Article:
Sgt. Maj. Thomas “Patrick” Payne was awarded the Congressional Medal of Honor for heroism and selfless actions that were key to liberating 75 hostages under fire during a rescue mission five years ago in Hawija, Iraq. The Congressional Medal of Honor citation reads in part, “For conspicuous gallantry and intrepidity at the risk of his life above and beyond the call of duty on October 22, 2015. Sergeant First Class Payne’s gallantry under fire and uncommon valor are in keeping with the highest traditions of military service and reflect great credit upon himself, the United States Special Operations Command, and the United States Army.”
The South Carolina youth had originally joined the Army after 9/11, inspired by patriotism and a desire to defend the United States. Payne served as a sniper and sniper team leader in the 75th until November 2007, when he was selected for assignment to the U.S. Army Special Operations Command at Fort Bragg. He would endure 14 deployments before the day of October 22, 2015, when then-Sergeant First Class Payne—as part of a joint task force assisting Iraqi security forces—in what was dubbed OPERATION INHERENT RESOLVE-raided an ISIS prison to liberate 70 hostages, after a request by the Kurdistan government.
Payne and his fellow Rangers continued to receive constant fire from the enemy as they first tried to enter the building through the roof before moving to the ground level after several blasts from suicide bombers from the floor below caused the building to partially collapse. Payne navigated to the front door and saw the captives were being held behind a metal door secured by two very heavy padlocks.
His team breached windows and walls to enter the building’s first floor. Once inside, the fighting was intense and commandos began taking casualties. “One of the teams was holding down the breach point all the way down to their last magazine,” Payne said. “Bullets were passing through their uniforms.” Though the building was on fire and partly collapsed, he grabbed a pair of bolt cutters and, through flame and smoke, succeeded in cutting one of the locks before scorching heat forced him to flee the building for some air.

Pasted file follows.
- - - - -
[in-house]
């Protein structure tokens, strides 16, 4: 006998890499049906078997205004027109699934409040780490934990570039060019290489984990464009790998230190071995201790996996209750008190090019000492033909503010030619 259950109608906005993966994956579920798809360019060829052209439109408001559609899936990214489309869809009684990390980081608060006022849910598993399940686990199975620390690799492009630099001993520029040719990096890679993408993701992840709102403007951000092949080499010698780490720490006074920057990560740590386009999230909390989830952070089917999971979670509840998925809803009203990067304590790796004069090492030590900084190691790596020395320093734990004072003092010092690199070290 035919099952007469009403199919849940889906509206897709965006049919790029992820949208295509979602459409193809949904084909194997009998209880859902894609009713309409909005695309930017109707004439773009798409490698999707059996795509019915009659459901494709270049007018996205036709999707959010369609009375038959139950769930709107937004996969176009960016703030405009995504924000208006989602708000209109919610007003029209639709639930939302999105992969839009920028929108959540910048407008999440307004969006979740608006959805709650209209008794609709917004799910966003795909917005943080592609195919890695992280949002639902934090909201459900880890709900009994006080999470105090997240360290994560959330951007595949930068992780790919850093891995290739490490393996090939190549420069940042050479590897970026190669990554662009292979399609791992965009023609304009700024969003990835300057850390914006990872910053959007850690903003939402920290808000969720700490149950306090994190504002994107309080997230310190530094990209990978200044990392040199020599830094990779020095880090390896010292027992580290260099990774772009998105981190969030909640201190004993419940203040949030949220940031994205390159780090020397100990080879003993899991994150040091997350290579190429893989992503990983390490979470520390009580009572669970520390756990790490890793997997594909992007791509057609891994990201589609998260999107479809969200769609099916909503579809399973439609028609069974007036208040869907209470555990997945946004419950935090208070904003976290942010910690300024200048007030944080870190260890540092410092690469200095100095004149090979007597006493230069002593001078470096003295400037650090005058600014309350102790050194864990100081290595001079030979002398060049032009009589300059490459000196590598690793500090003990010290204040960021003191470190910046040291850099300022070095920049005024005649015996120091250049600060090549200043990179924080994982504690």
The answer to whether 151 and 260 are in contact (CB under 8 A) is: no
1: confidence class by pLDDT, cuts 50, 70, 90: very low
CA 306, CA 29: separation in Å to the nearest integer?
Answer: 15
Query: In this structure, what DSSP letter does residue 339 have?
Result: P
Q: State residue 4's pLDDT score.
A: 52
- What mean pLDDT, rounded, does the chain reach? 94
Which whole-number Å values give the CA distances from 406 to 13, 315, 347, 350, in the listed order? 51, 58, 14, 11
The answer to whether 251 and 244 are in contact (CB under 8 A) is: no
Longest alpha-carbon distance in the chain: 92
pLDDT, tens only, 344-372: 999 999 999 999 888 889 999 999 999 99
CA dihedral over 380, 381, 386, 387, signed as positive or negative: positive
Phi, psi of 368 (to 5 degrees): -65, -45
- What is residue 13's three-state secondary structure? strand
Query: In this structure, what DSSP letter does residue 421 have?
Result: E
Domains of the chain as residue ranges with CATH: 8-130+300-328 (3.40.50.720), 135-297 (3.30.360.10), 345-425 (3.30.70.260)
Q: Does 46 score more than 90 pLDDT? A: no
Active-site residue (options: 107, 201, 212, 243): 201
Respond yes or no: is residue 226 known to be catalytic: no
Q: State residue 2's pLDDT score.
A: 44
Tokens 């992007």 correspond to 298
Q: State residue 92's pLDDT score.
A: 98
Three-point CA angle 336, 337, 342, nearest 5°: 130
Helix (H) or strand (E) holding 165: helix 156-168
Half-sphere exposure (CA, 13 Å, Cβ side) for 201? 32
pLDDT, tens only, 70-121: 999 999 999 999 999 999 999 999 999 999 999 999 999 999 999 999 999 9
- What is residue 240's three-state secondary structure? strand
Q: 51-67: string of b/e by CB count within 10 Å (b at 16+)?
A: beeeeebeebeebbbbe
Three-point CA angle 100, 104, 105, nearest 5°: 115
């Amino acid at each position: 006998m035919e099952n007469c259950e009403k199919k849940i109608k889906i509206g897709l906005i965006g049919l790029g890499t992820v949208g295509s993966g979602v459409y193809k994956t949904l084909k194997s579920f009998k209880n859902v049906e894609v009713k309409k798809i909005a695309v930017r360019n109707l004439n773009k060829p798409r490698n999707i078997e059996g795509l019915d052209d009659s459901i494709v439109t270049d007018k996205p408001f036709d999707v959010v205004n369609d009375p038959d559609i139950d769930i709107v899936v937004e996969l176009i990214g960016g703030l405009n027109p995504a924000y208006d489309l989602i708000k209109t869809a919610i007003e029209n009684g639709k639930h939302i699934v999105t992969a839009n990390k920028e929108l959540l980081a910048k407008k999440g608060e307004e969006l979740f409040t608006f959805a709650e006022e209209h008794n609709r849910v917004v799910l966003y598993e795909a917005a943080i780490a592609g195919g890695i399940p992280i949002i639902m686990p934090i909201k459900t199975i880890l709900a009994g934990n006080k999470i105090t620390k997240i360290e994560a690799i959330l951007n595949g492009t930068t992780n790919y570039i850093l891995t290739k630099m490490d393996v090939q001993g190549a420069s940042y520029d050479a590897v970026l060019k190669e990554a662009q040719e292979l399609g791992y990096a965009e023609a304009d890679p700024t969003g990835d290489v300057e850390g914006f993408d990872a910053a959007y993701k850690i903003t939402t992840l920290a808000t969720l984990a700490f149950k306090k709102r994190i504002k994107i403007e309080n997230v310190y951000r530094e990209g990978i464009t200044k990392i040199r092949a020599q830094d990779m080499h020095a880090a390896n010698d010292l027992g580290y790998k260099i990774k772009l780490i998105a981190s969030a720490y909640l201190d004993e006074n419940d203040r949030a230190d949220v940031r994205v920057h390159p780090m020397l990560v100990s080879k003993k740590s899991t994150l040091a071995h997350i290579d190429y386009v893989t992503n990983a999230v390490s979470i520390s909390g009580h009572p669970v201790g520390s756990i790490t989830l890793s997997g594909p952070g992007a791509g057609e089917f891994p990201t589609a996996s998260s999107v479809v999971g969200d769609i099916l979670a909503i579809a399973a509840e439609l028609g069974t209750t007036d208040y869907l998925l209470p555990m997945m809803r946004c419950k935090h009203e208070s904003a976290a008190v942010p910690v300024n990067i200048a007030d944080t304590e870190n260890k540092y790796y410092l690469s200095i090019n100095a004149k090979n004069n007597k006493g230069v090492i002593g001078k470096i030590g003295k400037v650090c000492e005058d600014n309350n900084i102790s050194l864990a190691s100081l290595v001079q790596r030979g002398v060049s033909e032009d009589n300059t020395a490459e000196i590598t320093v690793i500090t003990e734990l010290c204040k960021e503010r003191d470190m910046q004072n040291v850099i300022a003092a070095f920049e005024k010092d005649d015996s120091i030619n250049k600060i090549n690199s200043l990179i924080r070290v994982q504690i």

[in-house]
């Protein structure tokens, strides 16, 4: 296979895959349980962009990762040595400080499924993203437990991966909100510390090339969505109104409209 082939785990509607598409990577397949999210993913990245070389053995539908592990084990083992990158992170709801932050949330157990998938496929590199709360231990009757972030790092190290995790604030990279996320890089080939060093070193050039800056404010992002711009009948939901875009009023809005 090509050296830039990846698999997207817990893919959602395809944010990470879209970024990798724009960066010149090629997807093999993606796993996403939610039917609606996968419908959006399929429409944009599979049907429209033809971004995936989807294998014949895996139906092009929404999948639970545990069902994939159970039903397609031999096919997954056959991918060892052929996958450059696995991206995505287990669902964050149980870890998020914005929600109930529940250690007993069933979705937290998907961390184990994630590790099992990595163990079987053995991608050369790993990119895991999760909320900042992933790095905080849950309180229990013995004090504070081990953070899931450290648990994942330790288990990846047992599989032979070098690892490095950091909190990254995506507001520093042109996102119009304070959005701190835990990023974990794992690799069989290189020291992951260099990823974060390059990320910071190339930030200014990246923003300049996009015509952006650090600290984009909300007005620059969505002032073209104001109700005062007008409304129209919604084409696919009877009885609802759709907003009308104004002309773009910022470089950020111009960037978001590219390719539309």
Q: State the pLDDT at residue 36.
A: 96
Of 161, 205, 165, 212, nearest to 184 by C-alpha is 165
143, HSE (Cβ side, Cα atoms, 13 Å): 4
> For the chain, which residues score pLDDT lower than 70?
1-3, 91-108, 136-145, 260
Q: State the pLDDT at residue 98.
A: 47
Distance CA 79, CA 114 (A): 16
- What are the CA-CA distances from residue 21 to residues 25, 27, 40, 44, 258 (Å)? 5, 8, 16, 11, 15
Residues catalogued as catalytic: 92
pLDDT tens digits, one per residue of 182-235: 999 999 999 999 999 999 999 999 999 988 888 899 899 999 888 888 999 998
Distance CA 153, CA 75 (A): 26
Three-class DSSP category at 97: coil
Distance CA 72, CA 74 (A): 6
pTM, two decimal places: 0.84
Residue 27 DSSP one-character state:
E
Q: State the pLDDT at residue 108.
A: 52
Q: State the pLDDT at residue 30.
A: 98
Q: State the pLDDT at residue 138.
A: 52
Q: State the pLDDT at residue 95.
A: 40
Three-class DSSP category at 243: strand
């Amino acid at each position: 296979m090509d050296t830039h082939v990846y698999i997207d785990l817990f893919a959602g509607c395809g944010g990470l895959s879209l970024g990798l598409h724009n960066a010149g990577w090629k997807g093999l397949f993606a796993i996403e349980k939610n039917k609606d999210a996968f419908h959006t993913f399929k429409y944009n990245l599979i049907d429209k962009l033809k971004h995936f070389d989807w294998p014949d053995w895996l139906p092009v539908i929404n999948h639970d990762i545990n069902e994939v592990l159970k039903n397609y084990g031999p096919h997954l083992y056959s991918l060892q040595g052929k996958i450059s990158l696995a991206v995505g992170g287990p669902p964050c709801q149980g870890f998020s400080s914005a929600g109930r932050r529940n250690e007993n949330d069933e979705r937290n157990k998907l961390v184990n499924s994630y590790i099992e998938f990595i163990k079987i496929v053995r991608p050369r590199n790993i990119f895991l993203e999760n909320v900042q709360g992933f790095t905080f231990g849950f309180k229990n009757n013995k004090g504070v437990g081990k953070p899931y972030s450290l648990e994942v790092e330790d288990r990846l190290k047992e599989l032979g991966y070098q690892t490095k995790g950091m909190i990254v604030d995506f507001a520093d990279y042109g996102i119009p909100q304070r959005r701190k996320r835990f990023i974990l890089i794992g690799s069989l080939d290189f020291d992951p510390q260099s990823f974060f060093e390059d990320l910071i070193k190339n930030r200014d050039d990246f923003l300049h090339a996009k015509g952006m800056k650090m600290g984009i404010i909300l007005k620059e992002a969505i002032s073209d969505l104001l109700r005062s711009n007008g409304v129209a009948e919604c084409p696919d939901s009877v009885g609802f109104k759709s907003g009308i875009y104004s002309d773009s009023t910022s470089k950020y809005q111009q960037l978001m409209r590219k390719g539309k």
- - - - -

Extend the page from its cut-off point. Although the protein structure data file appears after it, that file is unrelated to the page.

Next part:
He ran back in seconds later and cut the final lock as the building began to collapse. He received orders to evacuate, but refused to do so before all the disoriented hostages were led to safety. Still receiving enemy fire, Payne entered the building two more times, to drag an incapacitated hostage from the building and again to make sure everyone was out, before he gave the “last man” call so the task force could prepare for extraction.
Under heavy fire, Payne and the other commandos then formed a human wall so the hostages in the other building could run behind them and board the extraction helicopters. The hostages, Payne’s task force and the partnered forces flew back to Erbil, having just taken part in one of the largest hostage rescues in history. His heroism and selfless actions were key to liberating 75 hostages during a contested rescue mission that resulted in 20 enemies killed in action. Payne is the first living Delta Force member to receive the Medal of Honor.
Payne has not talked about his connection to Delta, but said he views the Medal of Honor as a sacred responsibility as a tribute to fallen heroes. “The Medal of Honor represents everything great about our country, and for me I don’t consider myself a recipient of this medal,” Payne said. “I consider myself a guardian of this medal and what’s important to me is my teammates’ legacies will live on with this Medal of Honor.”